Reporting module 112 provides a graphical user interface (GUI) through which users can access both the stored information of database 106 and the current status information received by communications module 104. FIGS. 5 and 6 show example GUIs according to embodiments of the invention. In a further embodiment, reporting module 112 generates detailed analyses according to the information generated by capacity management module 114 and inventory and performance management module 116.

Capacity management module 114 determines the overall SAN capacity. In one embodiment, the SAN capacity include network bandwidth and utilization determination. In other embodiments, electrical consumption rates (power) is also measured. The resulting data is hereinafter referred to as capacity information. Additionally, in embodiment, capacity management module is able to determine changes in the SAN's capacity over time by comparing current status information with stored information. Inventory and performance management module 118 determines the presence or absence of devices from the SAN, as well as the performance levels of those devices. In one embodiment, an absent device is given a null performance level. In another embodiment, an absent device is not evaluated for performance levels. In yet another embodiment, the absence of a device triggers a notification rule, described above, and recent performance levels are included in current reports to aid a user in understanding the absence of the device.

Similarly to capacity management module 114, inventory and performance management module 116 is capable of accessing stored information from database 106 and current status information received by communications module 104. Control logic module 120 enables the modules of SRM 102 to utilize the ports and memory of a personal computer (PC). In one embodiment, the modules of the SRM 102 are implemented in software, and control logic module 120 fulfills the duties of an operating system capable of supporting the functionality described herein.

In another embodiment, the modules of the SRM 102 are implemented in hardware and control logic module 120 provides power regulations and port arbitration functionality. In yet another embodiment, the modules of SRM 102 are implemented in a combination of hardware and software, and control logic module 120 provides all of the above-described functionality.

Description in these terms is provided for convenience only. It is not intended that the invention be limited to application in this embodiment. In fact, after reading the following description, it will become apparent to a person skilled in the relevant art how to implement the invention in alternative environments known now or developed in the future. Further detailed embodiments of the elements of SRM 102 are discussed below.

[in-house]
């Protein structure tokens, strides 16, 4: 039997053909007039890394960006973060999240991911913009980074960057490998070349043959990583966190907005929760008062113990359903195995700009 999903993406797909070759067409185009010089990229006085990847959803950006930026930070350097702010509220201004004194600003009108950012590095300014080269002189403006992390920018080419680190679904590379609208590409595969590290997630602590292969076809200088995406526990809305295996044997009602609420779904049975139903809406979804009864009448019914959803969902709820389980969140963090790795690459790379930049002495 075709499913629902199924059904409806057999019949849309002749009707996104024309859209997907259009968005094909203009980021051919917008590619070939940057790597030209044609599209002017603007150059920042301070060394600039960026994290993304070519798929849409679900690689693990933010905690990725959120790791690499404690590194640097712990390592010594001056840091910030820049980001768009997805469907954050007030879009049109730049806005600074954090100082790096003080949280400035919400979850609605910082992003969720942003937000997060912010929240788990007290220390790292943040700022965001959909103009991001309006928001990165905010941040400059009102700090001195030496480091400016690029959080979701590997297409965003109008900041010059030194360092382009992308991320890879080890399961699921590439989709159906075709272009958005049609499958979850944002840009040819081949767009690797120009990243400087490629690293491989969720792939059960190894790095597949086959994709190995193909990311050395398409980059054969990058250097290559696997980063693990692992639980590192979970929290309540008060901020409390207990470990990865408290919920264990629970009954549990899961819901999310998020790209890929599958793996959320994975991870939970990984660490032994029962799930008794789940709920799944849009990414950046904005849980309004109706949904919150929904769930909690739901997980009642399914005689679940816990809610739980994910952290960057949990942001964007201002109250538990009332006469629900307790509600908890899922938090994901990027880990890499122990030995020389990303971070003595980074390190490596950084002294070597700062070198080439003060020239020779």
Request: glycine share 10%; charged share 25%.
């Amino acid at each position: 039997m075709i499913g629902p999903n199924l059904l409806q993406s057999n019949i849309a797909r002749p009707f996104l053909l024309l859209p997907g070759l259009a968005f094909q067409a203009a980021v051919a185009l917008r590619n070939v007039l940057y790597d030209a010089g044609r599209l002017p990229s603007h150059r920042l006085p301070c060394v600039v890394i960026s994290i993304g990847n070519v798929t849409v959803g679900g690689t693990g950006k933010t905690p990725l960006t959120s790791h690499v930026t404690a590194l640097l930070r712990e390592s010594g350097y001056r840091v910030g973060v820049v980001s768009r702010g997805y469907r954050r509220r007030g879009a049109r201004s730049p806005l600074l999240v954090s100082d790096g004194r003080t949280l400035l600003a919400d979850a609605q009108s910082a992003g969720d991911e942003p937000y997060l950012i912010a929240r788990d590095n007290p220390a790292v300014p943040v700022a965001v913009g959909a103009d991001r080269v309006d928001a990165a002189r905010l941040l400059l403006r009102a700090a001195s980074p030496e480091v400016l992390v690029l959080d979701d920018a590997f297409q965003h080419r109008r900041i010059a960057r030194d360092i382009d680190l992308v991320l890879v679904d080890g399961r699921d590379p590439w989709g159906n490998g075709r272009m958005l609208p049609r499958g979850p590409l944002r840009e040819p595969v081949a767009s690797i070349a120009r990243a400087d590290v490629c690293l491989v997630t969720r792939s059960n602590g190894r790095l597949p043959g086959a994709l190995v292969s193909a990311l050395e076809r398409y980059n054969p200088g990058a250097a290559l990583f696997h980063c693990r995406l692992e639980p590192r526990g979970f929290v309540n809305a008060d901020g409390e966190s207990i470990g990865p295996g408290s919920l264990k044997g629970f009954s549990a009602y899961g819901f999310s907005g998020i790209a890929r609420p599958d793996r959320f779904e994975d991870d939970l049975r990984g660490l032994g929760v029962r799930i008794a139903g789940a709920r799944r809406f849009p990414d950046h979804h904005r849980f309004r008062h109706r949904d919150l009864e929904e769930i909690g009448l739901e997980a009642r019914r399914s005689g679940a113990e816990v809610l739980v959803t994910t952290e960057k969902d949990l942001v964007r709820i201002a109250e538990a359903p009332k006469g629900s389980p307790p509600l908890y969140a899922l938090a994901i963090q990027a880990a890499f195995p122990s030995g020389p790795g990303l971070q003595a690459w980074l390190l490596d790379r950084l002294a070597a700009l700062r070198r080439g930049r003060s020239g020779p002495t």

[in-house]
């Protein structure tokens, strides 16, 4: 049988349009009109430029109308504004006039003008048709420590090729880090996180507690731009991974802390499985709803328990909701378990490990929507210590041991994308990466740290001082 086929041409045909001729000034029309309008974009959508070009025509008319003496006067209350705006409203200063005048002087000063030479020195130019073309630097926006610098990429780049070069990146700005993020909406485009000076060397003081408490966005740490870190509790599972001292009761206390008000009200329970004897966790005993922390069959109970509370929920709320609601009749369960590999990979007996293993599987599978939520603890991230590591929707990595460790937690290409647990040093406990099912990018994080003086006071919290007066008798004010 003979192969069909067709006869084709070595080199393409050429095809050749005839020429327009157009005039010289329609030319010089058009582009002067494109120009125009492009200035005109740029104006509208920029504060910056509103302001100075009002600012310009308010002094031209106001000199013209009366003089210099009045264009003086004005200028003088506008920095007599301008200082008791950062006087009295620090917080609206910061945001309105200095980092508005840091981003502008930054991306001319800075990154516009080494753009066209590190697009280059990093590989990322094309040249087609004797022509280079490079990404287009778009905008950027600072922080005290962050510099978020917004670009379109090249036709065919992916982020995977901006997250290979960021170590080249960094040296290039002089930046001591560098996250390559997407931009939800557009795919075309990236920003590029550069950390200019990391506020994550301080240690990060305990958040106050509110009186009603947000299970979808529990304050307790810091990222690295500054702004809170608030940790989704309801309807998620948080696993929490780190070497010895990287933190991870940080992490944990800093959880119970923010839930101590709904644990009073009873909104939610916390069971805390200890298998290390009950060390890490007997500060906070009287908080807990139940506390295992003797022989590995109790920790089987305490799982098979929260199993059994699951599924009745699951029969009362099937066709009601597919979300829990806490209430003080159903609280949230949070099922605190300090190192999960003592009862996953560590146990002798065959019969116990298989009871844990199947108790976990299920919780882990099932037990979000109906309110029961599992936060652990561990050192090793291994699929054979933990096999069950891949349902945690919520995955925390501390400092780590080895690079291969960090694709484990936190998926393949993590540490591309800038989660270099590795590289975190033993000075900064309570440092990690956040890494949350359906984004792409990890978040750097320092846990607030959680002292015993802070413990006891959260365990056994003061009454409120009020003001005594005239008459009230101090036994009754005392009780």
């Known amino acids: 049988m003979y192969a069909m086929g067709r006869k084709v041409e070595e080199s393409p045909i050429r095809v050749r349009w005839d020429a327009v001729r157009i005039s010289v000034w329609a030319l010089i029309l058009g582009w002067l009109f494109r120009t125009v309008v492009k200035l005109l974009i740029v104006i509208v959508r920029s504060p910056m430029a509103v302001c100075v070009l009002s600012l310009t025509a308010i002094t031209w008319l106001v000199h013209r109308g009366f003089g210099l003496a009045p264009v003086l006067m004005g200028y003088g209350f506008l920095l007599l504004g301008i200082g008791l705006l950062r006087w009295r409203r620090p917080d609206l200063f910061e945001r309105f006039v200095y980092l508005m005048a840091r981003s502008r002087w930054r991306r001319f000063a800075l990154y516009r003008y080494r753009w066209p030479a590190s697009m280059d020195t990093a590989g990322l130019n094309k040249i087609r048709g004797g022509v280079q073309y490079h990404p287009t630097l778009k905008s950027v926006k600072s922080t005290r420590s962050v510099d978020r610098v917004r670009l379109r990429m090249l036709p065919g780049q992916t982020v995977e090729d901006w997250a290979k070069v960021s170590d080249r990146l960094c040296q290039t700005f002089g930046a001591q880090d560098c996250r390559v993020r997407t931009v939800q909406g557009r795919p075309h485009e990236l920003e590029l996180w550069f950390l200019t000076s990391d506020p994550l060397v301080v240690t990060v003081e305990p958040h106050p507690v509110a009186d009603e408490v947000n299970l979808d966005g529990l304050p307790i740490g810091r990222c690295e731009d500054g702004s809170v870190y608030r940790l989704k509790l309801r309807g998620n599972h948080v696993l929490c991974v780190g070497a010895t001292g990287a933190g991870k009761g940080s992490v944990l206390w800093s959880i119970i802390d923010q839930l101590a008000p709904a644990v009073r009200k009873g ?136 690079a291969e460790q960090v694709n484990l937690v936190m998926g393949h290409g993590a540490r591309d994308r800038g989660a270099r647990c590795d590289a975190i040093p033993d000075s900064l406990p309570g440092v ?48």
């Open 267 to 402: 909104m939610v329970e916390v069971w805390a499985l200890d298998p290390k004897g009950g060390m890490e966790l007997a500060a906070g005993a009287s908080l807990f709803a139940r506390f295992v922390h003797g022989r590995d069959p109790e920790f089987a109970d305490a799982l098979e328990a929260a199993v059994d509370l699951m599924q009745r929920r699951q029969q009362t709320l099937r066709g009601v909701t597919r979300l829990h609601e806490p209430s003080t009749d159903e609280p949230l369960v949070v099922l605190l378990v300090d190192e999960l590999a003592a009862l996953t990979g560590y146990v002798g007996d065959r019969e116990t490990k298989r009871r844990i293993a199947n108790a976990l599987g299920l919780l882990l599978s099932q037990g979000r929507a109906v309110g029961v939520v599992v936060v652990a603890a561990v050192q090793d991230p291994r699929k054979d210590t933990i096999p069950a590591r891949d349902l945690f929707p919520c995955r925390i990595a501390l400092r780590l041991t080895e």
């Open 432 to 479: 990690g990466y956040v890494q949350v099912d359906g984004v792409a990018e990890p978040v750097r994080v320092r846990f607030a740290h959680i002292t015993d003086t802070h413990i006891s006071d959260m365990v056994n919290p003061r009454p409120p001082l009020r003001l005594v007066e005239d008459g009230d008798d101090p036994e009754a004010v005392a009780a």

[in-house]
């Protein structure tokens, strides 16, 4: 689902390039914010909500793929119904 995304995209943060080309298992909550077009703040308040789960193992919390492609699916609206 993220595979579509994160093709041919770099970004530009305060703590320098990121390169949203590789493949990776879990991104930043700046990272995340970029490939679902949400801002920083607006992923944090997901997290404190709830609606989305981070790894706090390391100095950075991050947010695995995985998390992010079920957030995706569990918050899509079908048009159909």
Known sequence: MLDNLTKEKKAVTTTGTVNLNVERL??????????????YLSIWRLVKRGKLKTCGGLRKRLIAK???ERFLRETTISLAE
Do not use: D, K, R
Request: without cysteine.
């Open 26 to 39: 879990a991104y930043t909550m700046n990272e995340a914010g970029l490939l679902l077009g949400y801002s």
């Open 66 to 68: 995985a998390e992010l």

Terminology related to the present invention is described in the following subsection. Next, an example storage area network environment is described, in which the present invention may be applied. Detailed embodiments of the routines of the SRM 102 of the present invention are presented in the following subsection, followed by exemplary graphical user interface of the storage resource manager. Finally, an exemplary computer system in which the present invention can be implemented is then described.

Terminology

To more clearly delineate the present invention, an effort is made throughout the specification to adhere to the following term definitions as consistently as possible. Arbitrated A shared 1 OOMBps Fibre Channel transport supporting up to Loop 126 devices and 1 fabric attachment.

Fabric One or more Fibre Channel switches in a networked topology.

GBIC Gigabit interface converter; a removable transceiver module for Fibre Channel and Gigabit Ethernet physical-layer transport. GLM Gigabit link module; a semipermanent transceiver that incorporates serializing/deserializing functions.

HBA Host bus adapter; an interface between a server or workstation bus and a Fibre Channel network.

Hub In Fibre Channel, a wiring concentrator that collapses a loop topology into a physical star topology.

Initiator On a Fibre Channel network, typically a server or a workstation that initiates transactions to disk or tape targets.

JBOD Just a bunch of disks; typically configured as an Arbitrated Loop segment in a single chassis. LAN Local area network; a network linking multiple devices in a single geographical location.

Point-to- A dedicated Fibre Channel connection between two devices. point

Private A free-standing Arbitrated Loop with no fabric attachment. loop Private An Arbitrated Loop device that does not support fabric login. loop device

Public loop An Arbitrated Loop attached to a fabric switch.

Public loop An Arbitrated Loop device that supports fabric login and device services. RAID Redundant Array of Independent Disks.

SCSI Small Computer Systems Interface; both a protocol for transmitting large blocks of data and a parallel bus architecture.